- Security missives from the front lines
- Facial recognition wouldn't have prevented the murders of two WDBJ reporters
- BitTorrent patches flaw that could amplify distributed denial-of-service attacks
- Maybe it’s time to eliminate “something you know” as an authentication method
- Some routers vulnerable to remote hacking due to hard-coded admin credentials
Indiana University - News, Features, and Slideshows
A U.S. House bill that will set the nation's basic research agenda for the next two years increases funding for computer science, but at the expense of other areas important to cybersecurity.
In a letter to lawmakers Tuesday, five of the nation's top computing research organizations defended a research grant to study how information goes viral. The groups were responding to claims that the government-funded effort could help create a 1984-type surveillance state.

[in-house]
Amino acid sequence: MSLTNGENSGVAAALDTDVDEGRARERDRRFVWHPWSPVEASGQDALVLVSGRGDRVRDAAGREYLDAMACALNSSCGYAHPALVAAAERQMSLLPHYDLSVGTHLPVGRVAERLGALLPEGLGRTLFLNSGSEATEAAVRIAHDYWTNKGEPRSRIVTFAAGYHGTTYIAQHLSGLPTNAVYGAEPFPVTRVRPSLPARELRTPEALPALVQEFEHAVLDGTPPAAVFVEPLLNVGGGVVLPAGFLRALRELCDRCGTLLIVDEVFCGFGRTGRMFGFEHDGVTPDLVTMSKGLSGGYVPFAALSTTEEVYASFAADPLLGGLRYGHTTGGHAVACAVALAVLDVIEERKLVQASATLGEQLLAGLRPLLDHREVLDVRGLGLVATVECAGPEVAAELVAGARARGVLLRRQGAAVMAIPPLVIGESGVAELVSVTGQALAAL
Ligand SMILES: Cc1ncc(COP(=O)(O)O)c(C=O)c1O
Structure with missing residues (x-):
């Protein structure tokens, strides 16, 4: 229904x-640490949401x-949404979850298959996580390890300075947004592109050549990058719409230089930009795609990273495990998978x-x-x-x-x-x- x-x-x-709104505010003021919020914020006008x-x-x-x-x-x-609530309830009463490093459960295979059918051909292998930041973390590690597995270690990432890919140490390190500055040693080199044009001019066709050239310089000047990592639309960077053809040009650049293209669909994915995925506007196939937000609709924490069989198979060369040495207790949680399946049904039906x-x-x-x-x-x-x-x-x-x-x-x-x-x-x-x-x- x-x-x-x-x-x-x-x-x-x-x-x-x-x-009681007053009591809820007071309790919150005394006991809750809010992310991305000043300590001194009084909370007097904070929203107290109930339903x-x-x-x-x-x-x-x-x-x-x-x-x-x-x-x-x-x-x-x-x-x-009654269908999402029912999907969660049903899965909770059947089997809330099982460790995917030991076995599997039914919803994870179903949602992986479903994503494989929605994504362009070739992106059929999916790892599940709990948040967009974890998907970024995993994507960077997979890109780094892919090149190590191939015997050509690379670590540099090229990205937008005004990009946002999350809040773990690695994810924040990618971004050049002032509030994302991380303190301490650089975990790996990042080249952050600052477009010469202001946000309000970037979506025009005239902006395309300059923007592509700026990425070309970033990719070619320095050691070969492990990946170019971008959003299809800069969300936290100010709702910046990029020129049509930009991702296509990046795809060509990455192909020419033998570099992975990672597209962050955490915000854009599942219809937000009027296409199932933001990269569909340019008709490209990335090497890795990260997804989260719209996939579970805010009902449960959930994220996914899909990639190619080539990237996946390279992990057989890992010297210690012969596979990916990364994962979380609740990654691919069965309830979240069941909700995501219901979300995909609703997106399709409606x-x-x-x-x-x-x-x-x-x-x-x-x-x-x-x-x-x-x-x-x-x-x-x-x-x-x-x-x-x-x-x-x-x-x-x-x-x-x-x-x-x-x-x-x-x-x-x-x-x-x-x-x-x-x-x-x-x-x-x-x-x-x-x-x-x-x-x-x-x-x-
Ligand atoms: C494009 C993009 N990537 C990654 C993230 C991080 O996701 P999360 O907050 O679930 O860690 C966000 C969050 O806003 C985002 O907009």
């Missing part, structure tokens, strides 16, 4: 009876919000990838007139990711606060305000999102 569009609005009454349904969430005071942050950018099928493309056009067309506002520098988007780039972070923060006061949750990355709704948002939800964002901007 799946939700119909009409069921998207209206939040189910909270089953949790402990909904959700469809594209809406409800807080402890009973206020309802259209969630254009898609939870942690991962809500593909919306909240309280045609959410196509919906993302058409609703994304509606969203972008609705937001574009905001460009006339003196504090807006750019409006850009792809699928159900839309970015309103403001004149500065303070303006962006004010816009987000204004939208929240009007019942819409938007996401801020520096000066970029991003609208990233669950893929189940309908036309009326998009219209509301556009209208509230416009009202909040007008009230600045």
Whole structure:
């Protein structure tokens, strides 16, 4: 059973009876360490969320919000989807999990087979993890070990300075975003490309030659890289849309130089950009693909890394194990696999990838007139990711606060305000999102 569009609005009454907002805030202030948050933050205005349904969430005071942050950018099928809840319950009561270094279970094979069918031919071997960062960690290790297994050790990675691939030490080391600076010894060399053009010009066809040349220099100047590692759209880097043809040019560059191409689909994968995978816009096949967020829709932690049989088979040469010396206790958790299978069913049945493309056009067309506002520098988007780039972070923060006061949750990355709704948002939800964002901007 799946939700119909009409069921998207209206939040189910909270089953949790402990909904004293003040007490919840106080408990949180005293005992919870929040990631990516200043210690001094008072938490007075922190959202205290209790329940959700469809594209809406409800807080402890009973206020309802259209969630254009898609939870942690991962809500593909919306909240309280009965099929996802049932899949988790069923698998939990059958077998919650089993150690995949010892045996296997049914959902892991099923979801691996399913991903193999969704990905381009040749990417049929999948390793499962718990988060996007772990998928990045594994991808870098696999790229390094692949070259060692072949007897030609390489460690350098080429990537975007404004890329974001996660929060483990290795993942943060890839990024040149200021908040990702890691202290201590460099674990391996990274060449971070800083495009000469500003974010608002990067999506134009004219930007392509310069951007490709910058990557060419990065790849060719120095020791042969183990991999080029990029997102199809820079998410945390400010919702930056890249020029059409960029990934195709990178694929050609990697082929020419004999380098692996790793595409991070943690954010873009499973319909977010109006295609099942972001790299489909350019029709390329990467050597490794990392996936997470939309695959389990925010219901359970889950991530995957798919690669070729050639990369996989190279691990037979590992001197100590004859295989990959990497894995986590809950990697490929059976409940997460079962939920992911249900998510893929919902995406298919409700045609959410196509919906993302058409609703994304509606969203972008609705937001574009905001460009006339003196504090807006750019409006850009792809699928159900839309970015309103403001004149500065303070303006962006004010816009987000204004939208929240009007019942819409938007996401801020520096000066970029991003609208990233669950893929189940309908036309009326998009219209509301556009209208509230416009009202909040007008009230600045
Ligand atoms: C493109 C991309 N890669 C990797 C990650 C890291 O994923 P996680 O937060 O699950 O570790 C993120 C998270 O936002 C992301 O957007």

The U.S. Department of Justice's decision to bring computer hacking and economic espionage charges against five alleged members of the Chinese army is an attempt by President Barack Obama's administration to redirect a global discussion about cyberhacking and surveillance, some cybersecurity experts said.
Researchers from Carnegie Mellon University and Army Research Laboratory will join forces with those from a handful of universities in an effort to better automate cybersecurity decisions. The five-year project has attracted $23.2 million in funding from CMU's CyLab, and could be extended to $48.2 million over 10 years.
New research by Indiana University shows using artificial intelligence to understand and predict the outcomes of medical treatment could reduce health care costs by more than 50% while also improving patient outcomes by nearly the same amount.
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